How does this fit “salesman”? I guess Joshua was flogging the concept of good deeds. For a really, really good price. He encouraged everyone he met to take a bill from his coat – and then do something nice for another person. (Of the varied responses that ensued, many will be portrayed in the final video.)

Director Hiep Vu pointed out to The Toronto Star that this good-deed theme is a departure from the “dancing girls and fast cars” in typical music videos. Yeah, I wouldn’t really miss the girls and the cars.

“If there was one thing I’d hope the video could do, it would be to inspire other people to make just a little bit of random kindness every day,” Joshua told me. “It doesn’t have to monetarily focused. Just holding a door for the next person behind you would be great.”

Their experiment worked – sort of. It actually took five hours to get through all 200 giveaways. That’s a little longer than you might expect for free money, especially when a brisk March wind has it flapping tantalizingly. “We had no idea what kind of reactions we’d get, and believe me, I got them all! Happiness, distrust, anger, gratitude,” Joshua says.

But some results were promising. A few folks vowed to give the money to charity, or to people in need. Oddly, others planned to spend the cash on victuals for themselves – hot dogs and beer were both mentioned. One guy outlined a creative compromise that involved a coffee for himself and a kind word for someone else (I hope he wasn’t just referring to a “thank you” for the barista).

Paying people to pay it forward? It’s an innovative idea. And if it pushes a few men and women out of their comfort zones, where they can zone in on someone else’s needs instead, isn’t it worth it?

“If even 10 percent of Toronto’s population thought a little more about the other humans surrounding them throughout the day, I feel like the city vibe as a whole would drastically improve,” Josh says.

Of course, his music helps, too.

Not just talent and empathy, but also a strong fashion sensibility: Notice how the purple hues of the currency bring out the plum tones in the tie.

Not just talent and empathy, but also a strong fashion sensibility: Notice how the purple hues of the currency bring out the plum tones in the tie.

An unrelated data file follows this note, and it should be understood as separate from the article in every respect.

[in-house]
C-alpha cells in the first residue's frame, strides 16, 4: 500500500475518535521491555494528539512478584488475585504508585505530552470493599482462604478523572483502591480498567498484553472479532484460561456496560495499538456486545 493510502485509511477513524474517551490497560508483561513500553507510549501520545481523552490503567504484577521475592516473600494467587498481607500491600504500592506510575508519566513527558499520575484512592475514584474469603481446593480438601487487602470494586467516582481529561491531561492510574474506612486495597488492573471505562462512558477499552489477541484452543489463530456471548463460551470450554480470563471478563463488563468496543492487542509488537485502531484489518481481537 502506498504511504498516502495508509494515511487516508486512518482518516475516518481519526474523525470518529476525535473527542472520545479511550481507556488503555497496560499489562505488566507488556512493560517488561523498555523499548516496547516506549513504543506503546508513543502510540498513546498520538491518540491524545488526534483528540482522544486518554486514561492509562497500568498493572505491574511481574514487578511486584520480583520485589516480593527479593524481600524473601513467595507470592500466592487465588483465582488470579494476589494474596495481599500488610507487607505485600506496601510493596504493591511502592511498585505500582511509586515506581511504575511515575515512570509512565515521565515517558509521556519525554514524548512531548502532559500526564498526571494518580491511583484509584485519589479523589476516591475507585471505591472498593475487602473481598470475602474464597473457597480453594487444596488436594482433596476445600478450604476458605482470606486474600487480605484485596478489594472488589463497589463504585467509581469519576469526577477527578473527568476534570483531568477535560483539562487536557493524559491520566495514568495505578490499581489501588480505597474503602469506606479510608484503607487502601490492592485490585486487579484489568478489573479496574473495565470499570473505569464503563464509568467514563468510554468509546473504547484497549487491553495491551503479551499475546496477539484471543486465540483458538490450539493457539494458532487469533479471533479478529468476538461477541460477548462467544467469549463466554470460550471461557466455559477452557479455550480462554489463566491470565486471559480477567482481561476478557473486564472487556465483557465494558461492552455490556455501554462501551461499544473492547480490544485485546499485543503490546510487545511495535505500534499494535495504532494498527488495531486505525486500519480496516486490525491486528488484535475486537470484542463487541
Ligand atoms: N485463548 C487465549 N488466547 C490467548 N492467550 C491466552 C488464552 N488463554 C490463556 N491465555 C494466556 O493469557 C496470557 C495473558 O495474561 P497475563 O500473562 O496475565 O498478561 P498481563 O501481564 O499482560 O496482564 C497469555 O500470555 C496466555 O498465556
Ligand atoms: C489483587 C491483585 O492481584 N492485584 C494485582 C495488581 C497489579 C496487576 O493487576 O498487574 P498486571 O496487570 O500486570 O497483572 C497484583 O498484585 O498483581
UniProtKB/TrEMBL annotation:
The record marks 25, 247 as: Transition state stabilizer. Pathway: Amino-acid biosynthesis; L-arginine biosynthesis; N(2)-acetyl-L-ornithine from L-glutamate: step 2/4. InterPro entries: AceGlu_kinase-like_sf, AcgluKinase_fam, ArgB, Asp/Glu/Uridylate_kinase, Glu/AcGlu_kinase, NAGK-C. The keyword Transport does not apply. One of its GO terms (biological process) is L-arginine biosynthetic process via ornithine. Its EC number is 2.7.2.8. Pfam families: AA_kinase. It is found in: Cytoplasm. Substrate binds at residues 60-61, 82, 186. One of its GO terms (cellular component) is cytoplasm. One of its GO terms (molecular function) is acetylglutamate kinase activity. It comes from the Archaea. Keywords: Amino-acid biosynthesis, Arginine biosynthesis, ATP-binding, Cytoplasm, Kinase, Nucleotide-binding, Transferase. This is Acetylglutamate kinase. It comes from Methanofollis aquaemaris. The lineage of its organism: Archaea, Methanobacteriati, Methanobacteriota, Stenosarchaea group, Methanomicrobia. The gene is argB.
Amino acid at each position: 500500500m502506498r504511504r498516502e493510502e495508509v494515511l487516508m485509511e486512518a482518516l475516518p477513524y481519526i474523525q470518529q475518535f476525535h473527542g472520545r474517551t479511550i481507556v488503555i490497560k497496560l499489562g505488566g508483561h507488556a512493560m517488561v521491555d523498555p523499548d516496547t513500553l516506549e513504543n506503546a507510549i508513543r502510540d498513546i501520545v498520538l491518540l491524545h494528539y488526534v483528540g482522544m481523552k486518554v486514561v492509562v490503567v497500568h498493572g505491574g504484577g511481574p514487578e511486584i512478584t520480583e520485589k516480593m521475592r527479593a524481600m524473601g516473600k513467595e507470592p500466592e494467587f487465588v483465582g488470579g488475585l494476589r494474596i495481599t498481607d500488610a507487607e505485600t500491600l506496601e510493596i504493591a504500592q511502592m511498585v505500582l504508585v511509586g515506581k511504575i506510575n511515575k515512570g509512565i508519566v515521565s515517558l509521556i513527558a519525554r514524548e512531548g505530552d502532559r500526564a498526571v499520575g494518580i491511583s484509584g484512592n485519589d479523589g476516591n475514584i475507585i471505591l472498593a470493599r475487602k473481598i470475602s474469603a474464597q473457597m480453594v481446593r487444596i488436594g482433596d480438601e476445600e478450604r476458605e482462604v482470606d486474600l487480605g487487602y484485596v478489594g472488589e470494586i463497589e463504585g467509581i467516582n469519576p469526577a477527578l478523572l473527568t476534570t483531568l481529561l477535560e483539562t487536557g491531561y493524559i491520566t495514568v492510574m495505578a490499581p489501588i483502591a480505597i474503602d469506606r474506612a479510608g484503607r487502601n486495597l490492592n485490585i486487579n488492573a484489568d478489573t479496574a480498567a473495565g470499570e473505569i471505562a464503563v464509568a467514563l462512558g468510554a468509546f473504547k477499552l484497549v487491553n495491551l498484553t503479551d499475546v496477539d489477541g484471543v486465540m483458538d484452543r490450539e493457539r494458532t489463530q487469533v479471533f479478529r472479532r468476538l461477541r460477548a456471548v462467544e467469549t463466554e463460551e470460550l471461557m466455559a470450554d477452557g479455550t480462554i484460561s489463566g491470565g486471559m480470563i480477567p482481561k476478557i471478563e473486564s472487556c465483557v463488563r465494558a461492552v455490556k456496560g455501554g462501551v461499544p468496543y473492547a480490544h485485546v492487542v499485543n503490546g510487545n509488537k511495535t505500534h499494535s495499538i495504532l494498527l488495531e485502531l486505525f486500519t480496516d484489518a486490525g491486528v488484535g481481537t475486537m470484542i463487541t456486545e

Just an Old-Fashioned Love Song

Fred Stobaugh was neck-deep in grief after losing the love of his life. Then he read about an online songwriting contest. Something about it reached Fred, who isn’t actually all that musical, and moved him to write a tribute.

There was just one hitch: Fred is 96 years old, and he doesn’t use the Internet.

No matter. He scrawled his song on paper and mailed it in a big envelope.

“We didn’t quite expect an entry like Fred’s,” says producer Jacob Colgan in a Green Shoe Studio video. The studio, based in East Peoria, Illinois, had asked contestants to upload videos to YouTube and send them the links. No wonder Fred’s submission stood out.

Fred had plenty to say about his departed wife, Lorraine. After all, they spent 75 years together – two dating, and 73 married. “Listening to the lyrics, and the passion behind the lyrics… it was just so heartwarming,” Colgan says. So, even though the song didn’t meet the contest requirements, the studio made the decision to transform the lyrics into a real, professional song – at no charge. When they told Fred, he cried. “Music means so much to so many people,” says Colgan.

“I wish we could do all the good times over again,” the lyrics of the song, called “Sweet Lorraine,” read in part.

Fred says the song – you can hear it at this link or buy it on iTunes – is helping him through his mourning. “It just seemed like she’s just sort of with me… She’s smiling down, and she likes that song, I know.”